Micron's new ultra-fast memory to power Nvidia's next-gen AI GPUs — 24GB HBM3E chips put into production for H200 AI GPU

Micron's HBM3E memory chip.
(Image credit: Future)

Micron announced today that it is starting volume production for its HBM3E memory, the company's latest memory for datacenter- and AI-class GPUs. In particular, Micron says its HBM3E is being used for Nvidia's upcoming H200, which is slated to launch in the second quarter of the year with six HBM3E memory chips. Additionally, Micron also said it would detail its upcoming 36GB HBM3E chips in March at Nvida's GTC conference.

Compared to regular HBM3, HBM3E boosts bandwidth from 1TB/s to up to 1.2TB/s, a modest but noticeable jump in performance. HBM3E also increases max capacity per chip to 36GB, though Micron's HBM3E for Nvidia's H200 will be 'just' 24GB per chip, on par with HBM3's maximum. These chips also support eight-high stacks, rather than the maximum 12 HBM3E can theoretically offer. Micron claims its particular HBM3E memory has 30% lower power consumption than its competitors, Samsung and Sk hynix, which also have their own implementations of HBM3E.

Micron didn't say whether it would be the only company providing Nvidia with HBM3E for H200, and it probably won't be. There is so much demand for Nvidia's AI GPUs that the company reportedly pre-purchased $1.3 billion worth of HBM3E memory from both Micron and Sk hynix, even though the latter's memory's bandwidth is only 1.15TB/s and according to Micron uses more power. For Nvidia however, being able to sell a slightly less performant product is more than worth it, given the demand.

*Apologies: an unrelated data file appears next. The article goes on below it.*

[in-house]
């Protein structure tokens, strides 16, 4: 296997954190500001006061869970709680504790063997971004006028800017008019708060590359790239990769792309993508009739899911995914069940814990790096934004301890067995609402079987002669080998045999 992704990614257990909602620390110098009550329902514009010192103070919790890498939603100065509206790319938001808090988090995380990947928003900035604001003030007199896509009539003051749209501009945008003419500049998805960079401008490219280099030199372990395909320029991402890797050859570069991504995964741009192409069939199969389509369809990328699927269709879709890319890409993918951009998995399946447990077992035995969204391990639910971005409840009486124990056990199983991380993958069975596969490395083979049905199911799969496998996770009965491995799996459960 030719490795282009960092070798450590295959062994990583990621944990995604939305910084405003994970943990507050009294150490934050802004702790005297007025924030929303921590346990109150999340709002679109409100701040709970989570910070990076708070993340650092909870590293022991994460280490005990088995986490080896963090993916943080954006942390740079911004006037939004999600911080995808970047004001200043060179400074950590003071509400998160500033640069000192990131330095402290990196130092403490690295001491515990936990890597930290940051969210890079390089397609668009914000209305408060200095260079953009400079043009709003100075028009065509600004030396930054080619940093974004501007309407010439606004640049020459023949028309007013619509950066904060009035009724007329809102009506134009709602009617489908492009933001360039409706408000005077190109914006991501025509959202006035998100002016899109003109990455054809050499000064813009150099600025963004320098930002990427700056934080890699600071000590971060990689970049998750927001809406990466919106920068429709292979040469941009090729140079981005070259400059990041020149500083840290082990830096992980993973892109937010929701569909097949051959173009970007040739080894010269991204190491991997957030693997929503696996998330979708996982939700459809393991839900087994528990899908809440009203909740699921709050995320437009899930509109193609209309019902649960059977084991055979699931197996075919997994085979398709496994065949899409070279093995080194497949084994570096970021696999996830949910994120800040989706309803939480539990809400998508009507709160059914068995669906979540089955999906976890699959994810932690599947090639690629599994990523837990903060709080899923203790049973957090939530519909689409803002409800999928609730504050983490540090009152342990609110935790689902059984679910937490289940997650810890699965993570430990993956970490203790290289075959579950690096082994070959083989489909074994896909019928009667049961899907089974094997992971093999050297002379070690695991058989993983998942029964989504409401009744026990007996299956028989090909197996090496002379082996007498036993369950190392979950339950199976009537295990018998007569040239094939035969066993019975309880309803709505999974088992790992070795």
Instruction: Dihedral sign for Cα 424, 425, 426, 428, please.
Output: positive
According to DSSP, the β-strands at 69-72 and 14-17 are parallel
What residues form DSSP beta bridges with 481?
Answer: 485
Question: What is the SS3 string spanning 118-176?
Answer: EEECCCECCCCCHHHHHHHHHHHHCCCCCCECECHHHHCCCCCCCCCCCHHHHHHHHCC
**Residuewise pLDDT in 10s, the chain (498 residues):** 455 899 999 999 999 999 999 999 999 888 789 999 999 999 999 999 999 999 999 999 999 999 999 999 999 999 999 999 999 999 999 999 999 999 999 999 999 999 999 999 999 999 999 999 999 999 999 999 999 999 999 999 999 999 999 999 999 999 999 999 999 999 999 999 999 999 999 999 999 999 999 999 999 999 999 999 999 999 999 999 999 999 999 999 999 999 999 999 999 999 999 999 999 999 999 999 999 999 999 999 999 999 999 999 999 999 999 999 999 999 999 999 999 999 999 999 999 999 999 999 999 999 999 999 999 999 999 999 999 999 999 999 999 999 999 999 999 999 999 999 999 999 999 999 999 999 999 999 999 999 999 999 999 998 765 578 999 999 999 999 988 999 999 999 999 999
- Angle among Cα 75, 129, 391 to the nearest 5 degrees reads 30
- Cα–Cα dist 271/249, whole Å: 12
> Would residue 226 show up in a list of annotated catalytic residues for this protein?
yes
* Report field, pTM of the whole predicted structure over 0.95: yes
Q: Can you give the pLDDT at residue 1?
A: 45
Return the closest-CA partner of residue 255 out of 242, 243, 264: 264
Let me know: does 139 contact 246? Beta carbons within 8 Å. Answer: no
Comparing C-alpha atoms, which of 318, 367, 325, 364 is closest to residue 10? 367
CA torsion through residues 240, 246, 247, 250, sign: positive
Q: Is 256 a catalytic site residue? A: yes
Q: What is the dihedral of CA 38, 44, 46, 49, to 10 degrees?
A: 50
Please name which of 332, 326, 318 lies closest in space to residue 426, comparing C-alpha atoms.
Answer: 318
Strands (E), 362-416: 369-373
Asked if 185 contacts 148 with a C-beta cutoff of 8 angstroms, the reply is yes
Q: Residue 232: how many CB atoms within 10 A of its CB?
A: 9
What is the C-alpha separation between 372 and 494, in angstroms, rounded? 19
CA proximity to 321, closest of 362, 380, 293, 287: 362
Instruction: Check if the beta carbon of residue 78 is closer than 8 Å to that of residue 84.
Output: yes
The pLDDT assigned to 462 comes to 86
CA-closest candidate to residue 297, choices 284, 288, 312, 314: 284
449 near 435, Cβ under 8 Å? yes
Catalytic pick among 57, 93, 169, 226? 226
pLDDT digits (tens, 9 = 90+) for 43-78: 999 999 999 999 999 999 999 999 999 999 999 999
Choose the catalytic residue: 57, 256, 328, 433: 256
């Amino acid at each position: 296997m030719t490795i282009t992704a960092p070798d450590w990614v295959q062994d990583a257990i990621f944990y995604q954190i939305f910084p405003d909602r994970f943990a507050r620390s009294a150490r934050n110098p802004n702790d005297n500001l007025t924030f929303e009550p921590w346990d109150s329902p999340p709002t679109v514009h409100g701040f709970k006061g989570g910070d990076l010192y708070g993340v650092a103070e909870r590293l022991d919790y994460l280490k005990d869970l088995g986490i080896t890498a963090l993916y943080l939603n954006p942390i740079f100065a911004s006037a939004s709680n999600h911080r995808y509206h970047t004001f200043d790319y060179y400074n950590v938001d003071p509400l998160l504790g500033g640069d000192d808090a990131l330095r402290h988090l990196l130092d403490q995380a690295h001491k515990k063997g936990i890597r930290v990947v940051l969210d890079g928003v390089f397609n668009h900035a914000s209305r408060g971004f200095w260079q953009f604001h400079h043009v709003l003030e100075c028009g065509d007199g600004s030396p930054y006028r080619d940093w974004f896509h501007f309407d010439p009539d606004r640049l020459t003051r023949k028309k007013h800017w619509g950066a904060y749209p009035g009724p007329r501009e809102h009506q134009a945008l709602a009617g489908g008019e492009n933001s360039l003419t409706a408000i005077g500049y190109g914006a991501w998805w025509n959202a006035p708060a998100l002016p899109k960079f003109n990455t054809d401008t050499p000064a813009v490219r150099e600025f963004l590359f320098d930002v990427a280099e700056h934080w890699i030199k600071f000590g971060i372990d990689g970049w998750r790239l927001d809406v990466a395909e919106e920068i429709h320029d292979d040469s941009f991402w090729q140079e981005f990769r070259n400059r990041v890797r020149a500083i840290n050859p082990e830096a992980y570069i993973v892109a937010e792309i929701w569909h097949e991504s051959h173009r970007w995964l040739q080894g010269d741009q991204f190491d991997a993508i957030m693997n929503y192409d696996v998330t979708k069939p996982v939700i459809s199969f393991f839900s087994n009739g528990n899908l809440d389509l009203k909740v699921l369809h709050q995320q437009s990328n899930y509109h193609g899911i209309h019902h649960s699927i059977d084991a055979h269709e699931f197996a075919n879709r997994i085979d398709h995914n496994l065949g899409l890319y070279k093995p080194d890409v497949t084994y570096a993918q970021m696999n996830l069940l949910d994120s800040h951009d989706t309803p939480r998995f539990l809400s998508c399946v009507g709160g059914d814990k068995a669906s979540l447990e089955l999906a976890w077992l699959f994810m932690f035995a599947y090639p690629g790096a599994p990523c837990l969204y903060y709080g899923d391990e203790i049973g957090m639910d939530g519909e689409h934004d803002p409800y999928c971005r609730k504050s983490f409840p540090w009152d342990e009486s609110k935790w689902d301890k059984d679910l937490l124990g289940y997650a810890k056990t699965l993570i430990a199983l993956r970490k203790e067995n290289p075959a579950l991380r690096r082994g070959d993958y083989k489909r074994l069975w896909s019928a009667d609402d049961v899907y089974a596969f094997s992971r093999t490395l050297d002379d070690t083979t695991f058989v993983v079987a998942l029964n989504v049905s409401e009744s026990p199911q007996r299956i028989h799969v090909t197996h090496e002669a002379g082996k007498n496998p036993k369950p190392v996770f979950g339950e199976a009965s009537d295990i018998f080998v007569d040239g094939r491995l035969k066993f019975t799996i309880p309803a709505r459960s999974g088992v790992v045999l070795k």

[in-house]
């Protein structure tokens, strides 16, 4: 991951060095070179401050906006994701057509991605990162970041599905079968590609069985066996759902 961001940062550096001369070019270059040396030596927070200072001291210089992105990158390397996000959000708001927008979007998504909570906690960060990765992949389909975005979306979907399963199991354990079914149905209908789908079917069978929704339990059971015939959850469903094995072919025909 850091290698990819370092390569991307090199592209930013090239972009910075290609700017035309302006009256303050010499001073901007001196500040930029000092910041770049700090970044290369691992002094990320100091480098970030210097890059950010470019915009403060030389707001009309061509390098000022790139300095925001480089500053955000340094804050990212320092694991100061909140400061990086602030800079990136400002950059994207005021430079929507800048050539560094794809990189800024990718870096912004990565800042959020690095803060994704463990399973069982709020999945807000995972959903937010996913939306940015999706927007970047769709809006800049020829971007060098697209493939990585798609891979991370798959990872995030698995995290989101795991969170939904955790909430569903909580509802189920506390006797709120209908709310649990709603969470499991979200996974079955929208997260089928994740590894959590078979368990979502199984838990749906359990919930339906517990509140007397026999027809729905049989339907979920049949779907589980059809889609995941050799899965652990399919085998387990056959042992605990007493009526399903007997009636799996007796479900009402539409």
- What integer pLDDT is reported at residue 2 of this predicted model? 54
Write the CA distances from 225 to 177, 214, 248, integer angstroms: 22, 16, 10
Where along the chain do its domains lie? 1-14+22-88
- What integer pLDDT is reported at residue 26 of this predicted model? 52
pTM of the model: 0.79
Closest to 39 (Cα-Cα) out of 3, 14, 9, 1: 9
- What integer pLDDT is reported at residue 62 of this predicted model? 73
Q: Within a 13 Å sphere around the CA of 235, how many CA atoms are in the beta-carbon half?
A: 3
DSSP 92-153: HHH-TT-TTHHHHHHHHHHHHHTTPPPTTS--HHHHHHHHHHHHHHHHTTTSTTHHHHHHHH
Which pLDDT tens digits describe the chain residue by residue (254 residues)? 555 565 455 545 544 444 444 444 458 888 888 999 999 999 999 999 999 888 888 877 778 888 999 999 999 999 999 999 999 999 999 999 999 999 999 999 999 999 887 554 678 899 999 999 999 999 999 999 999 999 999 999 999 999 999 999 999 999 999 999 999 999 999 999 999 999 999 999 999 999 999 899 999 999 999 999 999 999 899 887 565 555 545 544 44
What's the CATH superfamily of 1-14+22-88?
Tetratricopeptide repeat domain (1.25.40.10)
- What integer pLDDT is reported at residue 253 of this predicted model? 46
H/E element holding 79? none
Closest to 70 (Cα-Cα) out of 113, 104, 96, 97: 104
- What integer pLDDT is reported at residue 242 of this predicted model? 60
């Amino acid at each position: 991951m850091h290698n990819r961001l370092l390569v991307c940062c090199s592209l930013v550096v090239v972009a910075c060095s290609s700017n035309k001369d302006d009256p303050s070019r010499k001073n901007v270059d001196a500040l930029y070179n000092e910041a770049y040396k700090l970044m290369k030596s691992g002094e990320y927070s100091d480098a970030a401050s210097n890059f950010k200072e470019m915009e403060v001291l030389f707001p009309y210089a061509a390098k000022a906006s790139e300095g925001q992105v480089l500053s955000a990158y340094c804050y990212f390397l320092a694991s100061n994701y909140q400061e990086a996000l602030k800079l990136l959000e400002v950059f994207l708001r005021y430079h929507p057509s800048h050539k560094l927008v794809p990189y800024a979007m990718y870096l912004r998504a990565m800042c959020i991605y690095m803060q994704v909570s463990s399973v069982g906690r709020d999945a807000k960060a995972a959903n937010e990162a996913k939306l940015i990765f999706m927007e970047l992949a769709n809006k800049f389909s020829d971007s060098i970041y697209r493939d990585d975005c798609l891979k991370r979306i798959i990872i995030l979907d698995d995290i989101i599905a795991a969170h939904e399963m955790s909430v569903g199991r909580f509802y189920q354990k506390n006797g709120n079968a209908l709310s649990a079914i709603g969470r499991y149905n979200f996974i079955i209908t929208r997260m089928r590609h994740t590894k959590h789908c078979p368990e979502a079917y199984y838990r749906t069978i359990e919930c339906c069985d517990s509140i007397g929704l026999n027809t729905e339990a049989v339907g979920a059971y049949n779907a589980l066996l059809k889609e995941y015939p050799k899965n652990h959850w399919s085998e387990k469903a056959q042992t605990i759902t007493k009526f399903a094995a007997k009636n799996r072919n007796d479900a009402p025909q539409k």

Micron won't be able to claim it has the fastest HBM3E however, since Samsung's Shinebolt HBM3E memory is rated for 1.225TB/s. Still, Micron can at least claim it's the first to volume production, as far as we can tell. Neither Samsung nor Sk hynix have said they have achieved volume production, so presumably Micron is first in that respect.

AMD might also be a customer of Micron's HBM3E. The company's CTO Mark Papermaster has said AMD has "architected for HBM3E," implying that a version of its MI300 GPU or a next-generation product is set to use the same HBM3E found in H200. It's not clear whether it will be Micron's HBM3E in particular, however.

Micron also says it will be sharing details about its upcoming 36GB HBM3E chips at Nvidia's upcoming GTC conference in March. The company says its 36GB HBM3E chips will have more than 1.2TB/s of bandwidth, more power efficiency, and will bring the stacking limit to 12 chips. Sampling for these 36GB modules also begins in March.

Matthew Connatser

Matthew Connatser is a freelancing writer for Tom's Hardware US. He writes articles about CPUs, GPUs, SSDs, and computers in general.